International marine wildlife conservation group Sea Shepherd helped to arrest and seize the Damanzaihao, the largest fish factory ship on the planet. The ship was capable of killing 547,000 tons of fish every year. The blacklisted vessel was subject to a federal criminal investigation following alleged illegal fishing. The ship was boarded by agents from the Peruvian Environmental Prosecutor’s Office on May 30.
The Ministry of Environment filed a formal request to detain the Damanzaihao until further investigation. The ship is prohibited from leaving its port in Peru.
According to a statement from Sea Shepherd, the criminal case is based on acts of illegal fishing that have been “proven beyond all dispute” and has previously led to a multi-million dollar fine issued by the Peruvian Ministry of Production in 2016.
Authorities in Peru have also accused the vessel of “polluting the marine environment through the illegal discharge of fluids and effluents while anchored in Chimbote,” Sea Shepherd notes.
The Damanzaihao has twice requested authorization to depart the port “in an obvious attempt to escape the tightening noose.” The Peruvian Government denied these requests.
Sea Shepherd’s M/V John Paul de Joria vessel operated in Peruvian waters to investigate and gather information to assist the government. The non-profit organization also penned a letter to the Ministry of Production earlier this year urging that the government pursue the renowned fish factory. These actions are part of Sea Shepherd’s work to end illegal, unreported and unregulated (IUU) fishing.
According to the animal rights and environment-focused organization, IUU fishing is an “international priority.” The practice threatens food security, local communities, and the sustainability of all fish species. Many fish stocks are depleted due to legal fishing activities; IUU fishing places additional pressure on these stocks. Sea Shepherd highlighted data indicating that as much as 26 million tons of fish and seafood are caught illegally every year.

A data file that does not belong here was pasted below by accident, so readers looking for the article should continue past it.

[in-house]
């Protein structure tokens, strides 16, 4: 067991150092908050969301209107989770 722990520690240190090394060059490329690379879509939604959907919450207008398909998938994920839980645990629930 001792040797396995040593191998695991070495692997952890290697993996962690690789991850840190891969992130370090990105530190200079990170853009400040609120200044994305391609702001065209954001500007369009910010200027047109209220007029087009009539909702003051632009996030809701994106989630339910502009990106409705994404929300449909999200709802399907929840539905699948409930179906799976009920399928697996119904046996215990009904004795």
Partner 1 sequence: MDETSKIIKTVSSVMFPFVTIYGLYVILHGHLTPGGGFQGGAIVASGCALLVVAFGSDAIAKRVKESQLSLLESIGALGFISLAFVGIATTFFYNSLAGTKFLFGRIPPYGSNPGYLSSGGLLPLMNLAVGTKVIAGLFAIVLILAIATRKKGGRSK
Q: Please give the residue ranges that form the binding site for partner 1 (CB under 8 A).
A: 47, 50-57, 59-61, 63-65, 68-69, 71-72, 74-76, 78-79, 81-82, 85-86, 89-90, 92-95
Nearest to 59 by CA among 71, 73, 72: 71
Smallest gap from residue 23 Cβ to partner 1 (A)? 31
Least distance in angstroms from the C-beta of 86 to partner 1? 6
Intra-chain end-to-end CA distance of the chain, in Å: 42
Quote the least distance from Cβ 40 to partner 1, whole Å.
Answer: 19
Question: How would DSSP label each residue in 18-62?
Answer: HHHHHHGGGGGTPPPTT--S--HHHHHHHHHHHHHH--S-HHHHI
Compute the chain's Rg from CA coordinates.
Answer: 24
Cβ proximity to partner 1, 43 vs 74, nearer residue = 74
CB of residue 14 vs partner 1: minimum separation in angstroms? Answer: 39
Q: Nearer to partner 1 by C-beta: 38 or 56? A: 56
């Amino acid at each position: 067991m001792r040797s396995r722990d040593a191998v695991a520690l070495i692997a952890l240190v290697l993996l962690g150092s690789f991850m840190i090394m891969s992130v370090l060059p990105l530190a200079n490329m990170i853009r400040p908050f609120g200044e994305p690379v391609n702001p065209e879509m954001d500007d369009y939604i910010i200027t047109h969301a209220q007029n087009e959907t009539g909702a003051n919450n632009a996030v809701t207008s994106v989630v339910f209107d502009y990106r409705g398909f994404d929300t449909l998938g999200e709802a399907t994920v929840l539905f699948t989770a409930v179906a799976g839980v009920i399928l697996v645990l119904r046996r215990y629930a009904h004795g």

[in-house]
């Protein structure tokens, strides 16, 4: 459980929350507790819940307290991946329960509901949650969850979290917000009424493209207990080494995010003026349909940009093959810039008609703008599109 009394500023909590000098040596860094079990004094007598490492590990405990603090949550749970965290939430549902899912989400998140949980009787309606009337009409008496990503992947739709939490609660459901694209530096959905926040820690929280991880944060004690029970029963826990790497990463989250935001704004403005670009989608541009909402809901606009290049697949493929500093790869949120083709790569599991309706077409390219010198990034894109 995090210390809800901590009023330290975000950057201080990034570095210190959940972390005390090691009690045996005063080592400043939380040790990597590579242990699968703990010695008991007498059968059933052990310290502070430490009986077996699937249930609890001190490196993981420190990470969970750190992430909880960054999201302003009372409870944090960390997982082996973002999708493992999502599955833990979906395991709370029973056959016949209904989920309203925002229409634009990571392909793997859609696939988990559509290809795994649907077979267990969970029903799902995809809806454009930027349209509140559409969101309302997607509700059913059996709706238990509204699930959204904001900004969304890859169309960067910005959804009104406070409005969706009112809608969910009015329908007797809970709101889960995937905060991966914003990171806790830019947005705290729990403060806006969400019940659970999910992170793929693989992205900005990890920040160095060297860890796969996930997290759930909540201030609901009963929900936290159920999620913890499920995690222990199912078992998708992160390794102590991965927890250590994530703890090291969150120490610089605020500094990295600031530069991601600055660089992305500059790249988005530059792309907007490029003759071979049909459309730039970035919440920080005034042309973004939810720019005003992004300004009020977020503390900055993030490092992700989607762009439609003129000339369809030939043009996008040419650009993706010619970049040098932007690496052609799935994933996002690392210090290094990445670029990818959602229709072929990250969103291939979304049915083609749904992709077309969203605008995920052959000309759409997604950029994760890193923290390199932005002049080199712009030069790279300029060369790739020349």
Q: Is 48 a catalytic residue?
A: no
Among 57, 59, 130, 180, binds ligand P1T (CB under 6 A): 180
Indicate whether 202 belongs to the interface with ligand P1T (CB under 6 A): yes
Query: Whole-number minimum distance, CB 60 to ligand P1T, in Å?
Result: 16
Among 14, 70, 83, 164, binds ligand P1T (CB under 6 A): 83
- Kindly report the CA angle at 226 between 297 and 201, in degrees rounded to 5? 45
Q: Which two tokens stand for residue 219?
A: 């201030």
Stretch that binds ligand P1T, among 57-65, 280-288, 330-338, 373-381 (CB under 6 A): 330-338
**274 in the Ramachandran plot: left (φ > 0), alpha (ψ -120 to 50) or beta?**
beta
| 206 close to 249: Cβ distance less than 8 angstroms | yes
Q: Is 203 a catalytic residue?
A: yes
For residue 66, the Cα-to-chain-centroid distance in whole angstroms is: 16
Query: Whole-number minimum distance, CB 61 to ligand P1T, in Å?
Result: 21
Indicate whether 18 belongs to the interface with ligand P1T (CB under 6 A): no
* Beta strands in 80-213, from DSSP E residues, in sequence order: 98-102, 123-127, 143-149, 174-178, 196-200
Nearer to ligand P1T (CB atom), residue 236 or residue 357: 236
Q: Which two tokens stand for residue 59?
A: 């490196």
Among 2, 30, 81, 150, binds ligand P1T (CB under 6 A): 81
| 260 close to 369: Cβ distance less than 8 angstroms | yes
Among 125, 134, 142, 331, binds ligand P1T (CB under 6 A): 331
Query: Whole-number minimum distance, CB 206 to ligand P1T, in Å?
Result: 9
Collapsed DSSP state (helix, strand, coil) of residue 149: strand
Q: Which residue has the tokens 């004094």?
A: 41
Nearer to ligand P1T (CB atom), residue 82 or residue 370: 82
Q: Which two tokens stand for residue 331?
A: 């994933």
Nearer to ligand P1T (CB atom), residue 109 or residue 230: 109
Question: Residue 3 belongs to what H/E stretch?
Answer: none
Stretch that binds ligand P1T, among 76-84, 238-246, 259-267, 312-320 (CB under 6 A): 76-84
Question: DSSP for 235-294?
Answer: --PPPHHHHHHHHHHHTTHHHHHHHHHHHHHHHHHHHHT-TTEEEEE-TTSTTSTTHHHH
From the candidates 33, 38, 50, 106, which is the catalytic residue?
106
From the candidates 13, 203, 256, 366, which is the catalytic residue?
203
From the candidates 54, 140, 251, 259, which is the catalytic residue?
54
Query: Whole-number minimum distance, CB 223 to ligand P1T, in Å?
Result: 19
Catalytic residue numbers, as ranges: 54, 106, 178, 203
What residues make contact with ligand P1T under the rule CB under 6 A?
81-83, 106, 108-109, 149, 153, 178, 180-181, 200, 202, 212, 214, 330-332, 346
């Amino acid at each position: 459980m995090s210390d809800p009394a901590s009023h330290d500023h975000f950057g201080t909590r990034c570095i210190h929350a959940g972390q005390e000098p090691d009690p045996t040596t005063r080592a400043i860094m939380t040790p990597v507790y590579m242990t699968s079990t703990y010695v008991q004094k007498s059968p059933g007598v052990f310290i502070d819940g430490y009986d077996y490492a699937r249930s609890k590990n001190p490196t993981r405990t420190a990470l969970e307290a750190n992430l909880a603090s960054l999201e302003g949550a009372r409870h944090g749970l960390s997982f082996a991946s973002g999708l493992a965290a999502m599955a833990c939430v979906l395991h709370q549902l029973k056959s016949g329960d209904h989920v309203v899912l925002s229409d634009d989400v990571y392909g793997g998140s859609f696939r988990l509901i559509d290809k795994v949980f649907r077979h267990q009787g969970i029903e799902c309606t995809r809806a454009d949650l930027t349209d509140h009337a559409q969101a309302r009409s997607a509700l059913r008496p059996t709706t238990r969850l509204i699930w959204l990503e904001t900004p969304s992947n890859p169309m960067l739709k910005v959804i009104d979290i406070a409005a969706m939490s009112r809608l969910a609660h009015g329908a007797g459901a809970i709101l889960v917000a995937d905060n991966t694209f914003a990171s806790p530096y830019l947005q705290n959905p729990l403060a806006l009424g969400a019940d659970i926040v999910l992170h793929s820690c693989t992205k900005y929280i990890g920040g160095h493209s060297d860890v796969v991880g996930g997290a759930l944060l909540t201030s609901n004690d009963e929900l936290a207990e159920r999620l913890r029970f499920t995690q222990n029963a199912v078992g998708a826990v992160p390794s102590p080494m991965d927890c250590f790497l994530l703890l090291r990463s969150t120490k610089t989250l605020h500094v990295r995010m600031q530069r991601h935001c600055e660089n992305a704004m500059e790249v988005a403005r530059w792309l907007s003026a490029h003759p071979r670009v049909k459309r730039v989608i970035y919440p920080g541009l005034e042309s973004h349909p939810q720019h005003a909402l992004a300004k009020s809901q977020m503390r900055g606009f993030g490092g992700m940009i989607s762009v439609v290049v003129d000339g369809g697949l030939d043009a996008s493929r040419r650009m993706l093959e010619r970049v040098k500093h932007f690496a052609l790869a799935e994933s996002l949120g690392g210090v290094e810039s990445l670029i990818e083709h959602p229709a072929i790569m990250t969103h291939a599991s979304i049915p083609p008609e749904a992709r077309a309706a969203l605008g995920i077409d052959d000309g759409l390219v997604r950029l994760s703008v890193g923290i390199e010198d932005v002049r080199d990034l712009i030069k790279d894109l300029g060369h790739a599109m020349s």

Additionally, IUU fishing often occurs in marine protected areas and effects non-target species including sharks, dolphins, rays, Bryde’s whales, whale sharks, and turtles. These animals often become trapped in illegal fishing nets, die, and are discarded.
As well as marine conservation, Sea Shepherd maintains a focus on protecting all ecosystems and wildlife. All of the food served on board Sea Shepherd vessels are vegan, partly due to the “strong environmental arguments to do so.”
In its statement, Sea Shepherd said, “Peru is taking a strong stance in its efforts to bring the Damanzaihao to justice. Under the Peruvian Penal Code, successful conviction carries a penalty of three to five years of incarceration. Sea Shepherd applauds Peru’s commitment to combating IUU fishing and continues to provide support to Peru to help bring an end to the rampant over-exploitation of the oceans.”